The release of the Financial Times’ web-based HTML5 app has provided “a big wake up call” to publishers , said Andrew Grill, keynote speaker at the today’s Mobile Media Strategies day.
Earlier this month the FT released an HTML5-based iPad and iPhone app which circumvents the 30 per cent charges levied on app sales by Apple by allowing users to update content through the FT website and thus allowing the newspaper to take the full revenue.
The Economist is “watching closely” and Tom Standage, digital editor of the title, signalled it may follow suit.
“HTML5 will be the answer to all of our problems; even if it’s not yet,” predicted Ilicco Elia, a mobile product expert, who until yesterday worked for Reuters and is yet to announce where he will be working next.
Elia warned that “you can’t do everything in HTML5” and said it was a sensible option for the FT to launch in HTML5 compared with an unknown title. “It’s okay of you’re the FT because people know the brand in will go in search of it,” he explained.
Many publishers are now looking at the HTML5 hybrid: not a pure app, not a pure browser experience, said John Barnes, managing director digital strategy and development at Incisive Media, which works with B2B publishers. He explained the dilemma between developing apps when working with very different titles.
Barnes gave the example of two titles he works with: Legal Week, where 10.5 per cent of web visits are mobile, most of them accessing the site via a BlackBerry device. He urged the audience to compare this with Photography magazine which is mostly read on the iPad and iPhone.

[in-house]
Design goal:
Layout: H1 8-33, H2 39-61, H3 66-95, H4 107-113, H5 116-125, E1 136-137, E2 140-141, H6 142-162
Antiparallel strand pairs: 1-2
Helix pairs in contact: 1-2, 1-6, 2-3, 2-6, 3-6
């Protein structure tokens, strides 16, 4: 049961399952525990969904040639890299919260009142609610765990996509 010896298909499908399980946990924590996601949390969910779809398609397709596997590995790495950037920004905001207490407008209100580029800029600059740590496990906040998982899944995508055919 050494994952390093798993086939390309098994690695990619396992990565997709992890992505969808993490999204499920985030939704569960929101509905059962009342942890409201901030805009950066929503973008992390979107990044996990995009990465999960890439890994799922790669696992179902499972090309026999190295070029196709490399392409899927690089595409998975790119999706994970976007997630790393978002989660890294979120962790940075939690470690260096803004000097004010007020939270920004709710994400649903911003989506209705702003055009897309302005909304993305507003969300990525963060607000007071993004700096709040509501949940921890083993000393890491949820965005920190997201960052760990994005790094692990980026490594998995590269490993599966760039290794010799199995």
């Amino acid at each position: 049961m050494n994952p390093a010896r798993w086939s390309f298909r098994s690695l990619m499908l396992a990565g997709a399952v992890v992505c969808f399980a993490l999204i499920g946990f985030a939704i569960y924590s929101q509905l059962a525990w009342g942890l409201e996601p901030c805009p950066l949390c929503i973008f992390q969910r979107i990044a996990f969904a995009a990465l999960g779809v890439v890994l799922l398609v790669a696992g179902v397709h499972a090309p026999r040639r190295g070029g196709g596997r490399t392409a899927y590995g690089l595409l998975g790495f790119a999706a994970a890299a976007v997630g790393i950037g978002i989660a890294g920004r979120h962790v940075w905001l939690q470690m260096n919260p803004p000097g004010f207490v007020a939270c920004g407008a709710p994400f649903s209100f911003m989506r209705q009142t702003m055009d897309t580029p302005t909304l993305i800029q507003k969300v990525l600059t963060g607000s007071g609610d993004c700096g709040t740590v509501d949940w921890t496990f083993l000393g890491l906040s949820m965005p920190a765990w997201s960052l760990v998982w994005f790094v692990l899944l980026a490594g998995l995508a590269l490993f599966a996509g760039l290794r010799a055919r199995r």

During a session on how to make money with mobile media, Paul Lynette, head of mobile advertising at EMEA, Microsoft Advertising, showed the potential for in app ads using HTML5.
Thinking of developing an app, an mobile site or a HTML5 hybrid?
Considering the advantages of mobile editions (m.editions) versus apps versus the HTML5 hybrid, Barnes said the advantage of m.editions is they are browser-based and, therefore, provide full integration with a CMS, have the same domain name, integration with analytics and web trends.
And for news sites without an m.edition Elia gave a word of warning to the delegates of the event: “You should not be here if you don’t have an m.edition, you should be in the office coding.”
He warned there is “not a lot of margin in mobile” but it should be central to any online strategy.
Elia warned of the importance of listening to your audience. “You don’t have to be first when it comes to apps,” he said and suggesting it was better to spend more time developing a better app.
Barnes had a different suggestion to those thinking of creating an app: “Write the press release on the launch of an app before you build it. You’ll often realise it’s a crapp (crap app),” he said.Tags: #mobilemedia11, Andrew Grill, Financial Times, ft, html5, Ilicco Elia, iPad app, iphone app, John Barnes, Paul Lynette, Tom Standage
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